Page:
While the financial aid letter is helpful, it’s not fully comprehensive. You can find other financial aid options on your own. For example, you could qualify for college scholarships or grants offered by nonprofit organizations or companies.
After you’ve exhausted your scholarship, grant, and federal student loan options, private student loans could help fill any financial gaps left over. If you decide to take out a private loan, be sure to consider as many lenders as possible to find the right loan for your needs.
Credible makes this easy — you can compare your prequalified rates from multiple lenders in two minutes.
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Beware: You could lose your financial aid
While you may have qualified for financial aid in the past, you’re not guaranteed to get the same amount, or the same type of aid, in the following years. Federal aid requirements can change from year to year, and other circumstances can affect your eligibility.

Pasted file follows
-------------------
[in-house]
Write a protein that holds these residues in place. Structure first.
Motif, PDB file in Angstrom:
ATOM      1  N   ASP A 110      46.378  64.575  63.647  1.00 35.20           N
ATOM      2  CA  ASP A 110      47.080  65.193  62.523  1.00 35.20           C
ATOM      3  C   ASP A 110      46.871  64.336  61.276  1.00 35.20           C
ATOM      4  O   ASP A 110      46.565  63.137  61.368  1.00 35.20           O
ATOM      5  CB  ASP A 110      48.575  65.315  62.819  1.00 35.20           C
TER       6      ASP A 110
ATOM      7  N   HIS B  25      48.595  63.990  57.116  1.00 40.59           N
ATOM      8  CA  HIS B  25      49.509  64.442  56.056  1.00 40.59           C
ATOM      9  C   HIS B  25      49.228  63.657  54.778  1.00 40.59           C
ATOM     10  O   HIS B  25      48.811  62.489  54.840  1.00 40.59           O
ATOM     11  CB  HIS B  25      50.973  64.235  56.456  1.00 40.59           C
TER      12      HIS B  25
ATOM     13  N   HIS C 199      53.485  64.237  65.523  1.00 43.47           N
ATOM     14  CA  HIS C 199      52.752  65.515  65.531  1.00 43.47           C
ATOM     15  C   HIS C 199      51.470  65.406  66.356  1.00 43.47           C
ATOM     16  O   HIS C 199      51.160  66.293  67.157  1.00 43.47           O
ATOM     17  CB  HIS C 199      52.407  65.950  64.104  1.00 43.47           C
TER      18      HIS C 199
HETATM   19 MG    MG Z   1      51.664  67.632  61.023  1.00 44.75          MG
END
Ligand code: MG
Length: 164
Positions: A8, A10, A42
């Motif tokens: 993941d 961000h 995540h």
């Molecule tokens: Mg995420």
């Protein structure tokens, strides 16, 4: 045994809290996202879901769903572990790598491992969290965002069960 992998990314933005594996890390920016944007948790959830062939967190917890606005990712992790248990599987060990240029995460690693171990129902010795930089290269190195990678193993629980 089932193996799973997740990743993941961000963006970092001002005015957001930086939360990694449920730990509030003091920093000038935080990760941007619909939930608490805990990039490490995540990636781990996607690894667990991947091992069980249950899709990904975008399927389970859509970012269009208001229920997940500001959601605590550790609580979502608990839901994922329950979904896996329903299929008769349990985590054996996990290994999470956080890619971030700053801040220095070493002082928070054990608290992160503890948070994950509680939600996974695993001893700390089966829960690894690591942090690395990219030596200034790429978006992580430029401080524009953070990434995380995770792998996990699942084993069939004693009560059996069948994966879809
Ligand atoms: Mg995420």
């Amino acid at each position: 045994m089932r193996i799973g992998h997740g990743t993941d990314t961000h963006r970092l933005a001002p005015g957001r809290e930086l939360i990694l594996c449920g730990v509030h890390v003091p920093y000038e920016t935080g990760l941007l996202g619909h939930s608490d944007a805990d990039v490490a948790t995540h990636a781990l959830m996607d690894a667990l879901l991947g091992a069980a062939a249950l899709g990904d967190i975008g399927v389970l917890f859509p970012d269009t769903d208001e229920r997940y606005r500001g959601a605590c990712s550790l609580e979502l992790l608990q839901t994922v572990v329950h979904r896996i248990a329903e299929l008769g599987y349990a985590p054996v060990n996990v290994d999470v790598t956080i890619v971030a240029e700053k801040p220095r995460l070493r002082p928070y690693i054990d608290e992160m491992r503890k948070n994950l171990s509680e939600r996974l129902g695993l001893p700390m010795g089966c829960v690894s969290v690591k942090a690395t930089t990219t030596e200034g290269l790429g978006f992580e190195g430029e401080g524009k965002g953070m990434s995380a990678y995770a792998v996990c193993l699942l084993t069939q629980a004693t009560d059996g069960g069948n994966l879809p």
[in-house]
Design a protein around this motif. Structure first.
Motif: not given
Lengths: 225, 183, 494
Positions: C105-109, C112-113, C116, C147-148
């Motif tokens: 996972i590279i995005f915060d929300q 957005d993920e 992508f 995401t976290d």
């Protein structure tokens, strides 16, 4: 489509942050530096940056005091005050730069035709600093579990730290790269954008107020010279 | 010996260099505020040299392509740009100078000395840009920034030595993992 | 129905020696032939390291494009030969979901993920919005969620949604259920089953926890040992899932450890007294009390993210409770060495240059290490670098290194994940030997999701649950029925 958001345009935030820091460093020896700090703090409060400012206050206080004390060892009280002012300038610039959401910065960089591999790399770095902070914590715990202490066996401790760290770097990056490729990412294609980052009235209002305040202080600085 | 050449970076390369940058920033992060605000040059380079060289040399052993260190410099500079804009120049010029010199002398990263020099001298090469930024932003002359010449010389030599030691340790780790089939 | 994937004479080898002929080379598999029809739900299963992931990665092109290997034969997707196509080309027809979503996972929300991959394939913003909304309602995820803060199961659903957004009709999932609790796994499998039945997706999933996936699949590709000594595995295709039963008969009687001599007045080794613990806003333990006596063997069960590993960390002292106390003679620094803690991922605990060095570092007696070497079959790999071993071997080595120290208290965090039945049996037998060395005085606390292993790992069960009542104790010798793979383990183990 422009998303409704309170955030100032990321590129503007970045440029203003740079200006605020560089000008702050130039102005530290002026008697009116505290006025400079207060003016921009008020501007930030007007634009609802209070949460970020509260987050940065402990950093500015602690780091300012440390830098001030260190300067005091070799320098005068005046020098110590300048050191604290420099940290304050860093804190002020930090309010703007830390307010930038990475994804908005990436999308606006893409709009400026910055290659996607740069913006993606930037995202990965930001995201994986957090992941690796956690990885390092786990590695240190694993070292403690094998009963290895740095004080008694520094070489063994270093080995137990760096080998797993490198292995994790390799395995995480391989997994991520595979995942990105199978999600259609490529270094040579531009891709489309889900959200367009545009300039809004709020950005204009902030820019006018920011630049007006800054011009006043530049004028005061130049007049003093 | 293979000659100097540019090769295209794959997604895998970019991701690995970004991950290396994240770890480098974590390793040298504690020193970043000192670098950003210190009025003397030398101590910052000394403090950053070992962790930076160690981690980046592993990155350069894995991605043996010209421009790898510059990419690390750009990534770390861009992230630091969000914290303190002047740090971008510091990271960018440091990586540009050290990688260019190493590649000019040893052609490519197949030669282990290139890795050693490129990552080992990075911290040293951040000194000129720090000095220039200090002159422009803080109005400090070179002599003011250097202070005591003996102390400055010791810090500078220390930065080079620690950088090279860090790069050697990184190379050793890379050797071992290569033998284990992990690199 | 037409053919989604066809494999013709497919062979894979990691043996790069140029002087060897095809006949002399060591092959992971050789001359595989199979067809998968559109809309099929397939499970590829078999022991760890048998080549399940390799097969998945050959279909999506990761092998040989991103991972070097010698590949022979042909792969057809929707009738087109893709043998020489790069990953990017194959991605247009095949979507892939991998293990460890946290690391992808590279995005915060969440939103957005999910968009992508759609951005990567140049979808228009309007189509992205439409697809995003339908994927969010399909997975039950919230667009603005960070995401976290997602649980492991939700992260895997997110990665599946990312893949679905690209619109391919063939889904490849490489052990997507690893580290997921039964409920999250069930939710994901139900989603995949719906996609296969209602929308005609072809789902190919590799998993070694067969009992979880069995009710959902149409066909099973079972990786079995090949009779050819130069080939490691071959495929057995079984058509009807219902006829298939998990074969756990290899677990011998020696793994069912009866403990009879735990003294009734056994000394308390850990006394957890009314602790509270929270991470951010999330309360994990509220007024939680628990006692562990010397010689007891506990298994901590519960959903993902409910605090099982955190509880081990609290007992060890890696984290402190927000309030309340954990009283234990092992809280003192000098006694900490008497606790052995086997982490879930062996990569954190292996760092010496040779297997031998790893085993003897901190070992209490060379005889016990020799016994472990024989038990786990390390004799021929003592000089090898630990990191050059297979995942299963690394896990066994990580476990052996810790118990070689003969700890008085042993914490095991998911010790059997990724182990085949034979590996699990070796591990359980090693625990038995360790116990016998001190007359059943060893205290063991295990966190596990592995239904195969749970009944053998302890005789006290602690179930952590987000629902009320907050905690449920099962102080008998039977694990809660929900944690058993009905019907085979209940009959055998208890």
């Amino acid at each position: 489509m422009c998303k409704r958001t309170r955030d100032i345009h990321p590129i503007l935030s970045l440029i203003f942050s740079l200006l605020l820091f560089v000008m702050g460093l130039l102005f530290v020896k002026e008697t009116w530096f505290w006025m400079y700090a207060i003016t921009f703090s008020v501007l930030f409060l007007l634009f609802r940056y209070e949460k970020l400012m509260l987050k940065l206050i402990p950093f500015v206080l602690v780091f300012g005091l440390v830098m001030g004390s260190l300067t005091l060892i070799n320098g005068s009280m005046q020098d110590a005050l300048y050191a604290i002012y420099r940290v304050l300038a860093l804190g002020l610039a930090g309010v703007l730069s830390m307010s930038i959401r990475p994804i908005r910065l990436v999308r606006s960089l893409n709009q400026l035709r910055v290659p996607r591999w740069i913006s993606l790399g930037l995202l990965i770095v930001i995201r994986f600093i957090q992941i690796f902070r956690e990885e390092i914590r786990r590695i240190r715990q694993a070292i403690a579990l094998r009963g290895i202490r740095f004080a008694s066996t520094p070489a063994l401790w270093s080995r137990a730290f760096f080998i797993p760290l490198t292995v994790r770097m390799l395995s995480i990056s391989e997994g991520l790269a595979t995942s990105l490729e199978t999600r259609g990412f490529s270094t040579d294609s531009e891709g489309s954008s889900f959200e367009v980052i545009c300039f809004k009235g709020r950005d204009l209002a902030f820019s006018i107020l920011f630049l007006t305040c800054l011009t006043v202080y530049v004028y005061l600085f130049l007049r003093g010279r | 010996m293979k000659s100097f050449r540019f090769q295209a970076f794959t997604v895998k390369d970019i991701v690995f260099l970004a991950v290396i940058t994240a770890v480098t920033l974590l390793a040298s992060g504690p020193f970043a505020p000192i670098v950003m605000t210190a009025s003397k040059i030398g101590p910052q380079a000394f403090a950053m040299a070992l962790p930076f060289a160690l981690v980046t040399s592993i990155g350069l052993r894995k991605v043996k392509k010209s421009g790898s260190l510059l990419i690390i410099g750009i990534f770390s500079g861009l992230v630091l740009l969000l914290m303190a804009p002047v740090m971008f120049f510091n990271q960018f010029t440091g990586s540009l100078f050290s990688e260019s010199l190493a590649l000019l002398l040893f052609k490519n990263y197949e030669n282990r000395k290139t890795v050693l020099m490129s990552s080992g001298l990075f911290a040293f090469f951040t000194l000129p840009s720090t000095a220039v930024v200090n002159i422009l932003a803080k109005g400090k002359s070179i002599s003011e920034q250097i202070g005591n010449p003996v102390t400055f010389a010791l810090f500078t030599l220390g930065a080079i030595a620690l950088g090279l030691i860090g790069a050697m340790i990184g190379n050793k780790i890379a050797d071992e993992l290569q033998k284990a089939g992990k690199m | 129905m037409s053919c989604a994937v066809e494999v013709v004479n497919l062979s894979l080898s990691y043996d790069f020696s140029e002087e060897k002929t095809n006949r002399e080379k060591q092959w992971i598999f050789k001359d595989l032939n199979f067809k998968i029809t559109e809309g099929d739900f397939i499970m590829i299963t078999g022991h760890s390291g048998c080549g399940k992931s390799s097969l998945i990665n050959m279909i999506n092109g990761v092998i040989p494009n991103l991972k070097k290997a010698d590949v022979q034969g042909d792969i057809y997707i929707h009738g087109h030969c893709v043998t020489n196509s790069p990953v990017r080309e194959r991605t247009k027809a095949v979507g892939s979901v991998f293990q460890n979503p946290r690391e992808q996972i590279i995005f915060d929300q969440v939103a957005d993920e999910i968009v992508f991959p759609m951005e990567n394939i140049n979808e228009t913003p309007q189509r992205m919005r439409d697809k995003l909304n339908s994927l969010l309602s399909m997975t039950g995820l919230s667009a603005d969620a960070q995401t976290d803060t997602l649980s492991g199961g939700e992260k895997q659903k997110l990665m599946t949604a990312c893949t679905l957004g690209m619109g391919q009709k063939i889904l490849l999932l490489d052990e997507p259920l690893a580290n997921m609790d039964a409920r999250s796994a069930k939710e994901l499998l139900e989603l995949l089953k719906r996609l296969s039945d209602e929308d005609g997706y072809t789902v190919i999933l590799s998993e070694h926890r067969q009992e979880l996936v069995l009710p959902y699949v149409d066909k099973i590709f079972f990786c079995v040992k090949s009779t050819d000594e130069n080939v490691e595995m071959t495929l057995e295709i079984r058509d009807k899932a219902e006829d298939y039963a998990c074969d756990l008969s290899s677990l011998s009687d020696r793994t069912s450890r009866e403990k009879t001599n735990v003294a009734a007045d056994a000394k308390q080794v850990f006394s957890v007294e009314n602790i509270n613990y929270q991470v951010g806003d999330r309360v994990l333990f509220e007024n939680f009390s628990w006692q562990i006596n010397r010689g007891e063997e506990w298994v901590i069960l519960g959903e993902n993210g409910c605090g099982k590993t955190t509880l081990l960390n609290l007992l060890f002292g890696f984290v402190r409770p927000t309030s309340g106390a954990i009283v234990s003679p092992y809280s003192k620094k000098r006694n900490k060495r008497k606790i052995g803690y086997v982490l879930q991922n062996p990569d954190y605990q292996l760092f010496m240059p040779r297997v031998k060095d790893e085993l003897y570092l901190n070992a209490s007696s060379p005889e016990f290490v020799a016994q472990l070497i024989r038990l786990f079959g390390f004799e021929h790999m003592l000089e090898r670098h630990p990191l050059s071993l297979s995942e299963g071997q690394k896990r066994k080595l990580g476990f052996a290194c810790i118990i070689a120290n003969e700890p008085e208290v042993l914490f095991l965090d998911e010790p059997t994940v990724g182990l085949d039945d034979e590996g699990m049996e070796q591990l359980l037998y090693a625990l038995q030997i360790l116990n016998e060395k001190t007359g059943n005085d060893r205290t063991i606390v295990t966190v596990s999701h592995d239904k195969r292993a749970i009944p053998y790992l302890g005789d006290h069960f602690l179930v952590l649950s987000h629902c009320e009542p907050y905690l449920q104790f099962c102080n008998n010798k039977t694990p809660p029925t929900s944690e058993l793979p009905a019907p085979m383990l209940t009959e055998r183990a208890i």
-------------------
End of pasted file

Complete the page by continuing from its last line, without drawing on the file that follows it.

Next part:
Here are a few reasons you could lose financial aid:
- Your family’s income increased: If your family’s income increased after getting a raise or a new job, you might no longer qualify for federal or state grants or subsidized loans.
- You defaulted on your loans: If you previously took out federal loans and defaulted on them, you’ll need to get out of student loan default before you can borrow any more.